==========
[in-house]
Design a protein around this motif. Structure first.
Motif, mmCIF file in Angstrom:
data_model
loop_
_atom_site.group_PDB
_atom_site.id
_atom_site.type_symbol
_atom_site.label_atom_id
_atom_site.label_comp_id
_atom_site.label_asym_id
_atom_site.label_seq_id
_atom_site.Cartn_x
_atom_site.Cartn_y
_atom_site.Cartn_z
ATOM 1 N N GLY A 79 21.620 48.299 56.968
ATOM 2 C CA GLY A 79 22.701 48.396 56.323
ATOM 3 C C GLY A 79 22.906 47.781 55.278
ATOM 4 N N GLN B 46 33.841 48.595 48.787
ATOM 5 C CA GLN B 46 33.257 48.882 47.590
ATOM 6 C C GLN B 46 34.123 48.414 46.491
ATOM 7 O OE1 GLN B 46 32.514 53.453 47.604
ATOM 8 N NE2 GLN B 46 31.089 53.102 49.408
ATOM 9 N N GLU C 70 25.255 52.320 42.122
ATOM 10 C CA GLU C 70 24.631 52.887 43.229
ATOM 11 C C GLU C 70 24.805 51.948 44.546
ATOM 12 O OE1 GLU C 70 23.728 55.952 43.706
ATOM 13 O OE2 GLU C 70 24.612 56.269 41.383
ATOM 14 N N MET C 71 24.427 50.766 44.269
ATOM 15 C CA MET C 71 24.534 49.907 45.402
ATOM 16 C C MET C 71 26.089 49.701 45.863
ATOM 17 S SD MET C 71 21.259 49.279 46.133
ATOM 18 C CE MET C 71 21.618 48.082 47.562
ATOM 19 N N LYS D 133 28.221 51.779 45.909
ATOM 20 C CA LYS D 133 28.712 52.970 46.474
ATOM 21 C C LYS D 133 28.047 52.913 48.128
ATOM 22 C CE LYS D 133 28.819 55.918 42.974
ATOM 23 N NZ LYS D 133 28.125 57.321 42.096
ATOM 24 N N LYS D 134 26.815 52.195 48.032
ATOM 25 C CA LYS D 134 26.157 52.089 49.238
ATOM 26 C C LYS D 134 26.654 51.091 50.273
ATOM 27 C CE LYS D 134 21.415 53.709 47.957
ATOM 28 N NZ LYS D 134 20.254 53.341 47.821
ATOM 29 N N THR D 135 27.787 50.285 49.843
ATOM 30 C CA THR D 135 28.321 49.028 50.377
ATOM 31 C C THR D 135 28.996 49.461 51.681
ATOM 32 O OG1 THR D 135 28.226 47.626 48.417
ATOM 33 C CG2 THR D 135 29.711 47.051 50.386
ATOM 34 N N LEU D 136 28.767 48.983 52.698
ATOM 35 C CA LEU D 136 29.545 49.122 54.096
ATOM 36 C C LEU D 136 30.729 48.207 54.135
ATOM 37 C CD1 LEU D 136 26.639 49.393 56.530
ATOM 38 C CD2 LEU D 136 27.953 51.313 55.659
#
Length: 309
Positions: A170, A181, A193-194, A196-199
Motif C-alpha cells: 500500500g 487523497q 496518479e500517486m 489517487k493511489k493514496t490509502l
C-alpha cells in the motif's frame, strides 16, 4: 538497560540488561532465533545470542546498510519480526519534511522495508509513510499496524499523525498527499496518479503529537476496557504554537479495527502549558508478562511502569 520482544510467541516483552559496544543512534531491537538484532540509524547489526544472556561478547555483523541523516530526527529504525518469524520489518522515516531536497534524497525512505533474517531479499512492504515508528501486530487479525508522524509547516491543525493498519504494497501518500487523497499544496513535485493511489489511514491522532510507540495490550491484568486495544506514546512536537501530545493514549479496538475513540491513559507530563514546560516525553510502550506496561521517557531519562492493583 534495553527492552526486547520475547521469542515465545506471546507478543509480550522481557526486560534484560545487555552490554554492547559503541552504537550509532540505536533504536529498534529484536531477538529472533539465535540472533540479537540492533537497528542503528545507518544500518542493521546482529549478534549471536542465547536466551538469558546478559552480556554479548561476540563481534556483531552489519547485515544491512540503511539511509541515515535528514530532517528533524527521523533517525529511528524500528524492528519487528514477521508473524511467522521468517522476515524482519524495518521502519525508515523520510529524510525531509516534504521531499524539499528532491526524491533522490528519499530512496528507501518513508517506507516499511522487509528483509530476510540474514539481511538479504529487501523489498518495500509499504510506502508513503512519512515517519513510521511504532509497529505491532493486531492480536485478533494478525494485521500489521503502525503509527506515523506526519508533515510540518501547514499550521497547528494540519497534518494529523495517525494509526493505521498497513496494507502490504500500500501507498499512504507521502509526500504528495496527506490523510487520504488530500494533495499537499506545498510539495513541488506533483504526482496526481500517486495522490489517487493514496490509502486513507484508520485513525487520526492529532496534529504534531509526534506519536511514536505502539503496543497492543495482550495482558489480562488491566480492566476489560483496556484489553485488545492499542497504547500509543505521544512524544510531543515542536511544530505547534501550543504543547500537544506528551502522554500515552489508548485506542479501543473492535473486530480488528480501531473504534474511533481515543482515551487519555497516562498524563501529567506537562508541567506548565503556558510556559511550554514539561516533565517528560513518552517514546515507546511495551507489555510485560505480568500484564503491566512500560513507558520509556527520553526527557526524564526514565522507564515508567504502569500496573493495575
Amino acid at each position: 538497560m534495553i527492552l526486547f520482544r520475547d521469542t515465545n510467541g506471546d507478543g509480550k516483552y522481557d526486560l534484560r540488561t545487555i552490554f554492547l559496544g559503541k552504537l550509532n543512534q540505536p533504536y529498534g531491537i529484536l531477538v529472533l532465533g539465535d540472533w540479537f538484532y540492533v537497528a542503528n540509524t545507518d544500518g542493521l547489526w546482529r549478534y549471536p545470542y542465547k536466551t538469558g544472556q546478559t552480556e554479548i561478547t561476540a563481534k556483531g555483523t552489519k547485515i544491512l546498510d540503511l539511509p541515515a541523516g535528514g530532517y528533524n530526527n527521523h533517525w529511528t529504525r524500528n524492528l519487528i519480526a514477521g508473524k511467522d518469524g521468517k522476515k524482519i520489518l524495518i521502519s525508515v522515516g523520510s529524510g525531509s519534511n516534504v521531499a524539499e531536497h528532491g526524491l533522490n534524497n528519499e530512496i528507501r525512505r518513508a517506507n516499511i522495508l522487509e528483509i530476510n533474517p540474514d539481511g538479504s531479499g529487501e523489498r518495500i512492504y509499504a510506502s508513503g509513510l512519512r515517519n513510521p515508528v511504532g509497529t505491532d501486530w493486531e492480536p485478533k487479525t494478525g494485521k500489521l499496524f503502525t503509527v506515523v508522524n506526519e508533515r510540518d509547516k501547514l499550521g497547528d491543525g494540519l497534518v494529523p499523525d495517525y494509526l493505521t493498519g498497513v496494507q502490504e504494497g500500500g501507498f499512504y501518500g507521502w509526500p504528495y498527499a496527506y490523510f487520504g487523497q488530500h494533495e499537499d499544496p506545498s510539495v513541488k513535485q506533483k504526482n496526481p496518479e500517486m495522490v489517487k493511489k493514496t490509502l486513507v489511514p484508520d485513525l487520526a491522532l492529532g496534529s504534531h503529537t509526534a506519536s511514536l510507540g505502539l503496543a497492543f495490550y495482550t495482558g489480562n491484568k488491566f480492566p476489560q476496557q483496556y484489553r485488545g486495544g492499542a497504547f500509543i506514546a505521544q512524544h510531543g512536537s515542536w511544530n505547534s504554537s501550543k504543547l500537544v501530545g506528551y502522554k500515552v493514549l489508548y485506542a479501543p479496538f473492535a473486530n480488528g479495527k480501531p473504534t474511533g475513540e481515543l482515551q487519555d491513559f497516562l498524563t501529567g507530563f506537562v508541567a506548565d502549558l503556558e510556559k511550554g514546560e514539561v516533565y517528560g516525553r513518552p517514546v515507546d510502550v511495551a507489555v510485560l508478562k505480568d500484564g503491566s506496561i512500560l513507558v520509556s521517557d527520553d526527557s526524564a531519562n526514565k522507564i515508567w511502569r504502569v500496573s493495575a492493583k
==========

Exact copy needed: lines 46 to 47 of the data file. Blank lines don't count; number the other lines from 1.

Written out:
ATOM 31 C C THR D 135 28.996 49.461 51.681
ATOM 32 O OG1 THR D 135 28.226 47.626 48.417